Asbestos-Associated Chromosomal Changes in Human Mesothelial Cells
Epidemiological studies have established that exposure to asbestos fibers is the primary cause of mesothelioma in the industrialized world (Kannerstein and Churg 1980; Craighead and Mossman 1982). Because the latency period for this disease averages 40 years and because there has been a marked increase in the use of asbestos during and since World War II, an epidemic of mesothelioma has been predicted (Nicholson, Perkel and Selikoff 1983). Carcinogenesis studies with animals have shown that mesothelioma can be caused by intrapleural or intraperitoneal injections of asbestos (Kannerstein and Churg 1980). In addition, phagocytosis of chrysotile asbestos by rat mesothelial cells in culture has been investigated (Kaplan, Jaurand, Pinchon et al. 1980). However, the long-term effects of asbestos fibers on human mesothelial cells in culture have not been reported previously. Thus we elected to investigate both short- and longterm effects of asbestos fibers on replicative cultures of normal human mesothelial cells.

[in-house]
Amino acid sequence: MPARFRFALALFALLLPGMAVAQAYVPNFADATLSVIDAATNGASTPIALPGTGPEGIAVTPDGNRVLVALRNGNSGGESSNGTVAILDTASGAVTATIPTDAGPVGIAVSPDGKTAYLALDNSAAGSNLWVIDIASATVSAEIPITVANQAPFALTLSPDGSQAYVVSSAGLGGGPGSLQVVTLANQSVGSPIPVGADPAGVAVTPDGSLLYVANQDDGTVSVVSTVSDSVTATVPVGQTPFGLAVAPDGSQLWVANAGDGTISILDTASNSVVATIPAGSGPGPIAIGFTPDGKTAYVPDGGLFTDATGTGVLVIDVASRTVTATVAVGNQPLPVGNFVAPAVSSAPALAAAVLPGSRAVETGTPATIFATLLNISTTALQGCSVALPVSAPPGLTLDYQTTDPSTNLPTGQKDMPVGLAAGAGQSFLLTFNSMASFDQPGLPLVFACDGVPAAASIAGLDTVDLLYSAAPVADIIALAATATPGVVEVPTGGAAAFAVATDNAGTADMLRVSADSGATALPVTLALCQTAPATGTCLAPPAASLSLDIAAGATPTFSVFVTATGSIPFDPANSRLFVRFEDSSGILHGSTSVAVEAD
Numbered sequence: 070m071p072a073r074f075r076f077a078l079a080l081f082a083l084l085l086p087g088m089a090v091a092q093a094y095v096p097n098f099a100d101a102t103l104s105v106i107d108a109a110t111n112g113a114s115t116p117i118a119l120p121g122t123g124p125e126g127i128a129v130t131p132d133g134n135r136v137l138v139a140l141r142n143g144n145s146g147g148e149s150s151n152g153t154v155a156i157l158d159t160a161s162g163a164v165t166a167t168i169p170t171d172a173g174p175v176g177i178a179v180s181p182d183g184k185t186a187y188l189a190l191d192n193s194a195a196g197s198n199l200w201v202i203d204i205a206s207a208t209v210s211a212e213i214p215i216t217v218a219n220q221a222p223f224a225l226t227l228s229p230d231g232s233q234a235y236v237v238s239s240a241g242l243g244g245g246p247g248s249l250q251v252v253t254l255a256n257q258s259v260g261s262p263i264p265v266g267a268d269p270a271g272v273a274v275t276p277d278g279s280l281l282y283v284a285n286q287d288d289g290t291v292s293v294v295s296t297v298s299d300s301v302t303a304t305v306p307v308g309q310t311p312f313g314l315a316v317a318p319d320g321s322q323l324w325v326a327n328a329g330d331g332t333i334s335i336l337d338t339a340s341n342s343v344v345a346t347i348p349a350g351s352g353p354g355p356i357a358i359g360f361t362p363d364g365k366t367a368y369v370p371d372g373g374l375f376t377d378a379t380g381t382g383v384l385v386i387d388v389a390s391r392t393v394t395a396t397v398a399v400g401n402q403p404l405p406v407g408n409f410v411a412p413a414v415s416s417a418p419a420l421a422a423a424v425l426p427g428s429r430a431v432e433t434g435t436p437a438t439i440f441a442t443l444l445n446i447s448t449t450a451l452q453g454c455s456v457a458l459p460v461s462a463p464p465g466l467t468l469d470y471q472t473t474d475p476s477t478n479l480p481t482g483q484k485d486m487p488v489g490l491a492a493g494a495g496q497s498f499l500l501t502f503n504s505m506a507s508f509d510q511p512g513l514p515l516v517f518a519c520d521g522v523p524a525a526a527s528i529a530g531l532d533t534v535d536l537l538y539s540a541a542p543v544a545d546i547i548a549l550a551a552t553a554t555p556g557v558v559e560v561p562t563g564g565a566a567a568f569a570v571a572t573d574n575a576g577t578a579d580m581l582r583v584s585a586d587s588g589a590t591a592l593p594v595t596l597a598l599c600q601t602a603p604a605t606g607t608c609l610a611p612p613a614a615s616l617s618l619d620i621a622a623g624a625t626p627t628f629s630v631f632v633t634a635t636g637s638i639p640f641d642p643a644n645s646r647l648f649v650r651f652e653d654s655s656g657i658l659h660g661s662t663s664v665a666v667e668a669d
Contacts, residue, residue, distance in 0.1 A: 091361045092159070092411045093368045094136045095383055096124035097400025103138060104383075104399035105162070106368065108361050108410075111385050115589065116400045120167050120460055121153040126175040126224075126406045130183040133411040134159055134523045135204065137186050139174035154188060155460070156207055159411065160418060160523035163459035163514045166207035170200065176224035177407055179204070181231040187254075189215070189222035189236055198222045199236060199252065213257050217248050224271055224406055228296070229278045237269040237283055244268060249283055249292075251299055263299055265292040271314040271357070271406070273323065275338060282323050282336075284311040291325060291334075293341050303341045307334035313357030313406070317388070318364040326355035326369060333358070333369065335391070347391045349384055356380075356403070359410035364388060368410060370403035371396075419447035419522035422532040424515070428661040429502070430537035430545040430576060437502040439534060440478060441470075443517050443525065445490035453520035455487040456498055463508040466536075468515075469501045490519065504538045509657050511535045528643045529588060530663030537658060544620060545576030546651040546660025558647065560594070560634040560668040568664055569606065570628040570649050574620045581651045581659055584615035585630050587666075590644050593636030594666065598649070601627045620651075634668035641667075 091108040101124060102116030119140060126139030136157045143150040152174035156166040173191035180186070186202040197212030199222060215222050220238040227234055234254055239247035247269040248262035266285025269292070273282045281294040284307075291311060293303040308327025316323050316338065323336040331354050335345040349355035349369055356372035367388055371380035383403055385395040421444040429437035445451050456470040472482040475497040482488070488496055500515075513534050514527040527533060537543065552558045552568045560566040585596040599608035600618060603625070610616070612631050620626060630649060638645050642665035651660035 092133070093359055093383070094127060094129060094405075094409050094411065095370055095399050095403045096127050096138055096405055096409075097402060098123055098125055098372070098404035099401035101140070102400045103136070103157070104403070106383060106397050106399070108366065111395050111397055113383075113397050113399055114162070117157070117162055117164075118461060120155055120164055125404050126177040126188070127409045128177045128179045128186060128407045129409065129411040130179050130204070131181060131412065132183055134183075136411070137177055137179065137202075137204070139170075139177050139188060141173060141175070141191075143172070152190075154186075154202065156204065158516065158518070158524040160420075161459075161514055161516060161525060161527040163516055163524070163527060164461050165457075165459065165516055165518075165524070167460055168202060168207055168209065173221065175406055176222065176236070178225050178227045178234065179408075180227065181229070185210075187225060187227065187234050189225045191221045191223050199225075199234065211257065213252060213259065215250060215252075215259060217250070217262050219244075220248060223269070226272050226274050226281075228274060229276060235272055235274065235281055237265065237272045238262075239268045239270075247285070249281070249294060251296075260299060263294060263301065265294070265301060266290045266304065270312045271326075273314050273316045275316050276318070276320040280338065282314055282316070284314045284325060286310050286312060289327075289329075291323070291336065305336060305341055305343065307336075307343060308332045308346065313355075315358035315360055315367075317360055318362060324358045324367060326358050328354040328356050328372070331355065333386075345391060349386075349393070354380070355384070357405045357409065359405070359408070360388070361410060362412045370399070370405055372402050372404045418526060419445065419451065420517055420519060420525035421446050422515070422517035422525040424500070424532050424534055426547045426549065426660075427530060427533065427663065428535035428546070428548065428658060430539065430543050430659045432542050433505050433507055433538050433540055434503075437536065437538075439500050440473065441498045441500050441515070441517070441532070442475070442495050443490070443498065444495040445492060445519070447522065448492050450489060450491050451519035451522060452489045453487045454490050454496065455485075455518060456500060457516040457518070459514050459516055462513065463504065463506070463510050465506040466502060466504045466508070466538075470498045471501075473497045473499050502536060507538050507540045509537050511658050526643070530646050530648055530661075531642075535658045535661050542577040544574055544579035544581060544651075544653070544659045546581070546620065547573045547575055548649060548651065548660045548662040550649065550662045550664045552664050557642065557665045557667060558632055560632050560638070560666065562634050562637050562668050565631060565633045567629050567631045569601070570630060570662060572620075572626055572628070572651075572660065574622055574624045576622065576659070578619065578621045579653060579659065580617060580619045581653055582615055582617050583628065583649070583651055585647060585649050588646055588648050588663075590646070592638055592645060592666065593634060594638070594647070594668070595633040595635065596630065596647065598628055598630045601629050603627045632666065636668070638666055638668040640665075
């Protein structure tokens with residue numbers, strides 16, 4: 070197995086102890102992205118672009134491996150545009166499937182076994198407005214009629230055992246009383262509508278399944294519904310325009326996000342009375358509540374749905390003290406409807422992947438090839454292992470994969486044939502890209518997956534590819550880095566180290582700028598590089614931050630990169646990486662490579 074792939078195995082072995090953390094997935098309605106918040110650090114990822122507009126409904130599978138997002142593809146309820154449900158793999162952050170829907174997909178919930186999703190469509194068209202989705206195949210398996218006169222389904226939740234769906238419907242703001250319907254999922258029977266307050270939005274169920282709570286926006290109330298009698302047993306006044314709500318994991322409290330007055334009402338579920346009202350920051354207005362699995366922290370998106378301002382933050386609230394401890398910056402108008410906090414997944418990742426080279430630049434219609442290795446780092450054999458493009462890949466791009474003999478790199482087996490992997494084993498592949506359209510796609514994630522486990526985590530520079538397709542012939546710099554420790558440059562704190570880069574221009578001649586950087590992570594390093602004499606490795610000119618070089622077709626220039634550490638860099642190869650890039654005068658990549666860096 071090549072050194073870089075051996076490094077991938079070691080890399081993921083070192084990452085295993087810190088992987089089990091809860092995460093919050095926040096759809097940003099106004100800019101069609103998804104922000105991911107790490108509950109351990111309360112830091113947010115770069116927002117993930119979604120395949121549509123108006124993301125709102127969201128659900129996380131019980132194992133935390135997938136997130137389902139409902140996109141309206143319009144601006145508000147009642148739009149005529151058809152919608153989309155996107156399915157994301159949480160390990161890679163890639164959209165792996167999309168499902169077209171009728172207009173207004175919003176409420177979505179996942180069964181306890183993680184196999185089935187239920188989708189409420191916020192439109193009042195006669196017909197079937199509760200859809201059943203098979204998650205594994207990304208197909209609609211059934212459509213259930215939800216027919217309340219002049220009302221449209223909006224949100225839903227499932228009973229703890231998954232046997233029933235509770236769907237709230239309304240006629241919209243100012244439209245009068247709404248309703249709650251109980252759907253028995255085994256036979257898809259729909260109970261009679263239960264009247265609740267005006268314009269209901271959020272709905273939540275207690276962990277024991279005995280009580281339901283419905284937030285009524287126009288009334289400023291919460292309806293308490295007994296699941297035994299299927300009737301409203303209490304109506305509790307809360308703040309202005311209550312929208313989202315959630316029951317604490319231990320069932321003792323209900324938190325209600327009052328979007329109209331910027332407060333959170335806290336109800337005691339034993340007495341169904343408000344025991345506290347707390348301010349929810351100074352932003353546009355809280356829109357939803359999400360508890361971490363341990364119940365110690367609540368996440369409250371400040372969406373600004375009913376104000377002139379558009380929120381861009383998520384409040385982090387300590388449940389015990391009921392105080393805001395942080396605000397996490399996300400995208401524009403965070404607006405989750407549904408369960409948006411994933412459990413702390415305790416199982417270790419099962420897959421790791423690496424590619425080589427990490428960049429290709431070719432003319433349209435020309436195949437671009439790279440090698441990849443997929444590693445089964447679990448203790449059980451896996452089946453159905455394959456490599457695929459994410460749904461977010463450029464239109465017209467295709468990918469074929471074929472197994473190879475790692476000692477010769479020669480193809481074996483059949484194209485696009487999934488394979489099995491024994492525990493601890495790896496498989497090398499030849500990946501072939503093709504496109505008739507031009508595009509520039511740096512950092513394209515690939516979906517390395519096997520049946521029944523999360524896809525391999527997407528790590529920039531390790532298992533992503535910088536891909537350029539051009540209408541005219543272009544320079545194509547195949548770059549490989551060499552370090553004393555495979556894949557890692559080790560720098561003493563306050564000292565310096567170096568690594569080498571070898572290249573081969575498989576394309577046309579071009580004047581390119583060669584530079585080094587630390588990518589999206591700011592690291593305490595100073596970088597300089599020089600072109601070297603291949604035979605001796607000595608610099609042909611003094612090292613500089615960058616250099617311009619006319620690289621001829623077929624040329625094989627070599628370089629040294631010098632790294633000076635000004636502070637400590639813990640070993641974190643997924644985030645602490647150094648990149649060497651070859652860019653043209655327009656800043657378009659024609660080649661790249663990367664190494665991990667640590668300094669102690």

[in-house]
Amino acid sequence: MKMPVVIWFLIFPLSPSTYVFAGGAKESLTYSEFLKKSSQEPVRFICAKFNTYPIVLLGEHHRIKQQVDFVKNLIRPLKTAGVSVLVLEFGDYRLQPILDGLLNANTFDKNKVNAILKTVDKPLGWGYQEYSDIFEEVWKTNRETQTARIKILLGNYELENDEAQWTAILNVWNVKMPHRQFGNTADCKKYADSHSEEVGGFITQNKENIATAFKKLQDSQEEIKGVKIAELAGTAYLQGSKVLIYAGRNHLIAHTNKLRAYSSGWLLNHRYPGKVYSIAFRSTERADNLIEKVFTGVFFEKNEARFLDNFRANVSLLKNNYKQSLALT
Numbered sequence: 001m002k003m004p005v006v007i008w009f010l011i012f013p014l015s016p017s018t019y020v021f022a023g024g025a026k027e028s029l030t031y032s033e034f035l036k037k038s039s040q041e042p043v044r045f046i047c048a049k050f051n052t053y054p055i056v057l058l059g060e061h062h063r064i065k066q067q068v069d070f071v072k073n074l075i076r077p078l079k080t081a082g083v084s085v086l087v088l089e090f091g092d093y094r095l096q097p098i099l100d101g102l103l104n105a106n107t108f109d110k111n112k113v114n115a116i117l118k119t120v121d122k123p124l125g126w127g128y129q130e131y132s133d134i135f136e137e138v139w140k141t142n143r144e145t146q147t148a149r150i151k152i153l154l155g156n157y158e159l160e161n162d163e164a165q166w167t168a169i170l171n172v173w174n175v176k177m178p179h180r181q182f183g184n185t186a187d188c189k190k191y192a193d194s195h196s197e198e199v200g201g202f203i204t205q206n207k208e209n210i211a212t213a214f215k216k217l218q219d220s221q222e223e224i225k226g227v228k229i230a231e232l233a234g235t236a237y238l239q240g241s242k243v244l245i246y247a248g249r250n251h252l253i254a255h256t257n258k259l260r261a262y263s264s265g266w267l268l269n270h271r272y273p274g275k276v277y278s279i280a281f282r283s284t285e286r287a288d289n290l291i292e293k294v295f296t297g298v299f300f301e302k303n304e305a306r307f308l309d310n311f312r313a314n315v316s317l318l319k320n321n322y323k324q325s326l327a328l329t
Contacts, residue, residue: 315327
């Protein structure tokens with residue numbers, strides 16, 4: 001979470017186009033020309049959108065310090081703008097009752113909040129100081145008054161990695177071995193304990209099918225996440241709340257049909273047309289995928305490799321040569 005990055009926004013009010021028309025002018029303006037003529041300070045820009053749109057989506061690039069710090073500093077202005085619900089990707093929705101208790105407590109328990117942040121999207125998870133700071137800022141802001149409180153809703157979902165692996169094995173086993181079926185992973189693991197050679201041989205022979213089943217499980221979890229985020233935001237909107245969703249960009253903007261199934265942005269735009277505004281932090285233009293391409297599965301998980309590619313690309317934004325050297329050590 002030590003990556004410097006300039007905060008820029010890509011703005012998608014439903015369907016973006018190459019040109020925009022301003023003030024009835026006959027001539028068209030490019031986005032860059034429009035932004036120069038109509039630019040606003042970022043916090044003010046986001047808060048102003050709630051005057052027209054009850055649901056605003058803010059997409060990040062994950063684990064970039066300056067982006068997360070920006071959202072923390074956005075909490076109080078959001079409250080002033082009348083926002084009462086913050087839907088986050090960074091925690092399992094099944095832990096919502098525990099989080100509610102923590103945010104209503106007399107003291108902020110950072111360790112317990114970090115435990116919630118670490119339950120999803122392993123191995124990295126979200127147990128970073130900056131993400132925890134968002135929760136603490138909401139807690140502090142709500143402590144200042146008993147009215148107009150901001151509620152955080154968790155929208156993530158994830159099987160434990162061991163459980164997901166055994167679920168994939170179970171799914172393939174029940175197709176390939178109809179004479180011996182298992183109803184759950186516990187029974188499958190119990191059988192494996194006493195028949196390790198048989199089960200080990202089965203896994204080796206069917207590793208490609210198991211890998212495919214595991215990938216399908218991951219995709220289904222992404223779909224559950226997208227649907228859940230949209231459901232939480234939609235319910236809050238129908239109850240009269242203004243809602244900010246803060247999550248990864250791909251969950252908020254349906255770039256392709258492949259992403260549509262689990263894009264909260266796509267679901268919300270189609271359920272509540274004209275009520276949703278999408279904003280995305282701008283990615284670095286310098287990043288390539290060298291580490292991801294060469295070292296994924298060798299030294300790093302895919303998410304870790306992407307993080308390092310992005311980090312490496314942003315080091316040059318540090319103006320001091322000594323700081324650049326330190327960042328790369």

KeywordsMesothelial Cell Malignant Mesothelioma Human Bronchial Epithelial Cell Asbestos Fiber Normal Human Bronchial Epithelial Cell
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